As education will play a crucial role in the development of human capital in the Kingdom, we asked Alfaisal University president Dr. Mohammed Al-Hayaza for his take. The former Shoura Council member said: “The Ministry of Education has taken unprecedented measures to ensure that our institutes of higher education are both the best in the region and top-ranked internationally. Vision 2030 has developed job specifications for each field of education, and by utilizing these specifications Alfaisal University is closing the gap between the learning outcomes of higher education and that of the demands of the job market through continued targeted alignment.”

Dr. Saad Saleh Al-Rwaita, Vice-Rector for administrative and financial affairs at Prince Sultan University in Riyadh, commented: “The comprehensiveness of Vision 2030 and the wider horizons it addresses positively transform the Saudi citizen’s life to become more integrative and enjoy new prosperity. 

The Vision will safeguard the Kingdom against dependence on circumstantial changes of the natural resources market and being influenced by external factors that are beyond our control, while empowering the Kingdom to create change and exert influence that surpass the local reality to direct the international compass and take the initiative, particularly in the economic field, in order to guarantee a bright future for the future generations.”

Looking to the real estate sector, Ehab Al Dabbagh, CEO of real estate development firm Ijmal, said the industry was likely to see big changes in future: “Firstly, the demand for housing products would be met. Technology and industrial progression will play a major role in building a variety of eco-friendly housing products. Houses could be ordered through an online application and fabricated in weeks.”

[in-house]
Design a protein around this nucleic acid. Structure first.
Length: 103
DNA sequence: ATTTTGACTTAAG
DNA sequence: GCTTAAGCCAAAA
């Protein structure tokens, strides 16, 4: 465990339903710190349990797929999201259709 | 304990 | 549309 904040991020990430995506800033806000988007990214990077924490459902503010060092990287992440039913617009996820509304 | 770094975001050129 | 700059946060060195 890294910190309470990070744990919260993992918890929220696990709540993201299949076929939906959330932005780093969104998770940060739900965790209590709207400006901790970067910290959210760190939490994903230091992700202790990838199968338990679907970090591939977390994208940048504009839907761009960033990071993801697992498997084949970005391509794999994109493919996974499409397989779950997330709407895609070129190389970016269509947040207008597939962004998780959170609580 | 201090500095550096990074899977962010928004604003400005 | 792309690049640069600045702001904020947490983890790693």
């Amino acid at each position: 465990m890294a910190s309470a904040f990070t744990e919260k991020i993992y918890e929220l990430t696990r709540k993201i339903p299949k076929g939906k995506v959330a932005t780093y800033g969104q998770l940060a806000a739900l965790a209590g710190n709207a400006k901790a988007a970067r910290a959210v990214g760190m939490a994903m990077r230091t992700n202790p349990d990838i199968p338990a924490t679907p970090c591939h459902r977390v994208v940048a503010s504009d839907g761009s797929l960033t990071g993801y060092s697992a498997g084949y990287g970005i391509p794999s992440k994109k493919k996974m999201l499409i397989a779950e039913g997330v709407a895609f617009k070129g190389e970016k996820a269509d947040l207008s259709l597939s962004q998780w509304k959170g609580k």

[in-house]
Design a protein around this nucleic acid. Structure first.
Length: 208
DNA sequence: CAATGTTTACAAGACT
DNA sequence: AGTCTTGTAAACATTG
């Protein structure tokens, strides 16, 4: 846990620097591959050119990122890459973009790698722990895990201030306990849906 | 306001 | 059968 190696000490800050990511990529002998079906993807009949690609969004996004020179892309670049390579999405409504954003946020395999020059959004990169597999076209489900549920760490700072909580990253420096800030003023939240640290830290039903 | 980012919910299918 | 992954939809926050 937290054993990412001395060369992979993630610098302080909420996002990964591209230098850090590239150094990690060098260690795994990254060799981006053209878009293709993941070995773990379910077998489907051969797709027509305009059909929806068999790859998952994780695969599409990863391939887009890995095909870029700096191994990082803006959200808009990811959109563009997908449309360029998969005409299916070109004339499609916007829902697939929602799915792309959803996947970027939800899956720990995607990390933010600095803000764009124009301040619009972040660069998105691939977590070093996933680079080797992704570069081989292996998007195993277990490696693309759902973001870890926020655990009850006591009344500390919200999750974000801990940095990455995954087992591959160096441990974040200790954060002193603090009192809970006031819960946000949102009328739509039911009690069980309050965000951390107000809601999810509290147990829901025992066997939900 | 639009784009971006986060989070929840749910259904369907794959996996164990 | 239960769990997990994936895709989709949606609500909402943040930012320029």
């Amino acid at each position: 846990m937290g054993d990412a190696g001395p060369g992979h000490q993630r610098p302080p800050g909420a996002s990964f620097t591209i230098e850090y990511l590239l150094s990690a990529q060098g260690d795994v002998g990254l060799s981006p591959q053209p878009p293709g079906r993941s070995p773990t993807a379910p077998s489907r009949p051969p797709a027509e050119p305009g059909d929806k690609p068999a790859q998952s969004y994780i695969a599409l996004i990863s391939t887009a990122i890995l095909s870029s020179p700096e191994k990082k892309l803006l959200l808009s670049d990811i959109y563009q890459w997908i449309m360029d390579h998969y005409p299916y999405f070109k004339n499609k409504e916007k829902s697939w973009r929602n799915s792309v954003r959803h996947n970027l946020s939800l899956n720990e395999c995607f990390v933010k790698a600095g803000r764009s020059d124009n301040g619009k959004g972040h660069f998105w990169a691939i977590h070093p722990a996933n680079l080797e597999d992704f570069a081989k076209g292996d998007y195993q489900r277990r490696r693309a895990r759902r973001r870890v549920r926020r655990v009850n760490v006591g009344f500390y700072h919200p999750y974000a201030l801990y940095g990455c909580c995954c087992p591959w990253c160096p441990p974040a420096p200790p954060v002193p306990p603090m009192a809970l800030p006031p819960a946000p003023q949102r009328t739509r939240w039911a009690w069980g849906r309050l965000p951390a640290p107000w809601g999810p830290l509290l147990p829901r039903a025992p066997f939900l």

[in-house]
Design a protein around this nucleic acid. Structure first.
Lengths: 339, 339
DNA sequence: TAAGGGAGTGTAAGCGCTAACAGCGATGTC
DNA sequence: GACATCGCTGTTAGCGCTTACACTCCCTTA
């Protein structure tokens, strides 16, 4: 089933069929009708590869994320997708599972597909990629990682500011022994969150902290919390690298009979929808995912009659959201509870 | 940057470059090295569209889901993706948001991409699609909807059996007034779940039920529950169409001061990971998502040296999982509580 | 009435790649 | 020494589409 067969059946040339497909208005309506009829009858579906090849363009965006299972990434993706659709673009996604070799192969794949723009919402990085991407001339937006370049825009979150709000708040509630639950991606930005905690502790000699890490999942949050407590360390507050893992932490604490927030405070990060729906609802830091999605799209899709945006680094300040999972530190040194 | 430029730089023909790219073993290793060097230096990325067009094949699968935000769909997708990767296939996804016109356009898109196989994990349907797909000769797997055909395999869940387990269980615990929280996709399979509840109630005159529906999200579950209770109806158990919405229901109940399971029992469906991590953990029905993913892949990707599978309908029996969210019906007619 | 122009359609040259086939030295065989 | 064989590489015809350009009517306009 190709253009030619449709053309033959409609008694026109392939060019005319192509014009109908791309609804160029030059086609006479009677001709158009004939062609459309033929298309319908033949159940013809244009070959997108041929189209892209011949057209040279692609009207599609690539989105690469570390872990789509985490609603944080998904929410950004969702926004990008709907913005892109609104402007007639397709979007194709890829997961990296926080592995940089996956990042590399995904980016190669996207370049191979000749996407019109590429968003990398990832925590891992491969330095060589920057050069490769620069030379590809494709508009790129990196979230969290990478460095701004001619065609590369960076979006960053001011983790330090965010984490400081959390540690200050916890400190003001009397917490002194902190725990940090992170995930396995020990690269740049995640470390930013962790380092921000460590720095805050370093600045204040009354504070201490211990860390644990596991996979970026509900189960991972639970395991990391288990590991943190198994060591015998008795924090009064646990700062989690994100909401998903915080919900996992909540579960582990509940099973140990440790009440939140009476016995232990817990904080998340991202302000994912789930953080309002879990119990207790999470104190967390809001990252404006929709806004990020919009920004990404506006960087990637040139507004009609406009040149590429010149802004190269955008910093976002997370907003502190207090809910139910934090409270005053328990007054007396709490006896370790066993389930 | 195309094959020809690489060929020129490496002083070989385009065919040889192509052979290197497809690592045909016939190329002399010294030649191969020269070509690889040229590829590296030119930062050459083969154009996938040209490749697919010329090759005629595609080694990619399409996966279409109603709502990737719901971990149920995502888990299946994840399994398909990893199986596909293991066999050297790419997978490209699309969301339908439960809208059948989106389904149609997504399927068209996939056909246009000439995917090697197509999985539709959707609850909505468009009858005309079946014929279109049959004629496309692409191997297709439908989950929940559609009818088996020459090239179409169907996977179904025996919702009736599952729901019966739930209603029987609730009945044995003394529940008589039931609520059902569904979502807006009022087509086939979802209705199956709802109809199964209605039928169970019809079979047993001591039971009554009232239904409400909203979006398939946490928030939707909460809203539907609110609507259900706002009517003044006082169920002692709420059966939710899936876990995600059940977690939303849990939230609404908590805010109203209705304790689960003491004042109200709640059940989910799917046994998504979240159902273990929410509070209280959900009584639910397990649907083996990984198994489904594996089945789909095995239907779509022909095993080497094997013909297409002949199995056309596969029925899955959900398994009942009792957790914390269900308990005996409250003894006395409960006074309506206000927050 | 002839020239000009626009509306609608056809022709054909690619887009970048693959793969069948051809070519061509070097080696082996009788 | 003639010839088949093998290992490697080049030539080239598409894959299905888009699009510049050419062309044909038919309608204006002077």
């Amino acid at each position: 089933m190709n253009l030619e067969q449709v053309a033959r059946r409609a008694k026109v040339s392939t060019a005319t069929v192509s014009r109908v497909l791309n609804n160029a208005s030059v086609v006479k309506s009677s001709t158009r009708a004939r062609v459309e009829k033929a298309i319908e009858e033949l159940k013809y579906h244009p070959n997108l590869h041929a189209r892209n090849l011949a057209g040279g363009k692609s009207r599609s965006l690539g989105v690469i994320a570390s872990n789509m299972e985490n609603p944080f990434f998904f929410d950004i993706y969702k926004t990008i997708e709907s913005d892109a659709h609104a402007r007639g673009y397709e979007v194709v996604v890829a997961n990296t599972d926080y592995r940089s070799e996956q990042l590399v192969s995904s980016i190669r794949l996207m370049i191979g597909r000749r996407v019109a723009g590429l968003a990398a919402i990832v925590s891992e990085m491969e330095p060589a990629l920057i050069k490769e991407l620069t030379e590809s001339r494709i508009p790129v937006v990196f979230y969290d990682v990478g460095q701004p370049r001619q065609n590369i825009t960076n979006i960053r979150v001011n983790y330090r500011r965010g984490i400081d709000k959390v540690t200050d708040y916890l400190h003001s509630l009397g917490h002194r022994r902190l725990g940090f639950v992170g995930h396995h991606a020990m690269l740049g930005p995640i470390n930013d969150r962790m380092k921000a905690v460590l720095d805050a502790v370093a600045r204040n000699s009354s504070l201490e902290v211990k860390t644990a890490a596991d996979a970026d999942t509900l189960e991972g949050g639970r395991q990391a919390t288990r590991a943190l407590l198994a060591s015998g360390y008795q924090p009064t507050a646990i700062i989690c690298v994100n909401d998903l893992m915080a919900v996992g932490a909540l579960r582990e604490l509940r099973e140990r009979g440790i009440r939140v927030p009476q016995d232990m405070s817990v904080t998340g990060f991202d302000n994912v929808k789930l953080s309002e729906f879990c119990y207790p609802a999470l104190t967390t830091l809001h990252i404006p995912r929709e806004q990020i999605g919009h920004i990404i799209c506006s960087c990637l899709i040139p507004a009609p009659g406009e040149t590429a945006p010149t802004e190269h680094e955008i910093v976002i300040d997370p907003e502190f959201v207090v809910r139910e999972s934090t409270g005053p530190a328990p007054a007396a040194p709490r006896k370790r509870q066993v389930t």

Another vital contributor in Vision 2030 is the food industry. Engineer Abdul-Mohsen Al-Yahya, who founded the chain of fast food restaurants Kudo, and currently an investor in supply and support at the food sector, said: “From my own experience in food services for more than 30 years in Saudi Arabia, I believe that in future the food service sector will continue to grow with more investments, products diversity and quality will increase, while continuing to become an extension of economic growth in Saudi Arabia and a key industry generating employment opportunities.”

Cybersecurity has a crucial role to play in accomplishing Vision 2030 objectives, explained Dr. Areej Alhogail, assistant professor in the Department of Information Systems at Imam Muhammad bin Saud Islamic University in Riyadh, who sits on the Saudi group of information security, said: “The Kingdom has taken pioneering steps, such as establishing the National Cybersecurity Authority, the Saudi Federation for Cybersecurity, and allocating scholarships in the field of information security. (These initiatives) will enable the Kingdom to be at the forefront of countries in the field of cybersecurity by 2030, and will protect the local economy, perhaps attracting foreign investments in various fields of information to be the ideal environment of trained local professionals and advanced laboratories and legislation protection.”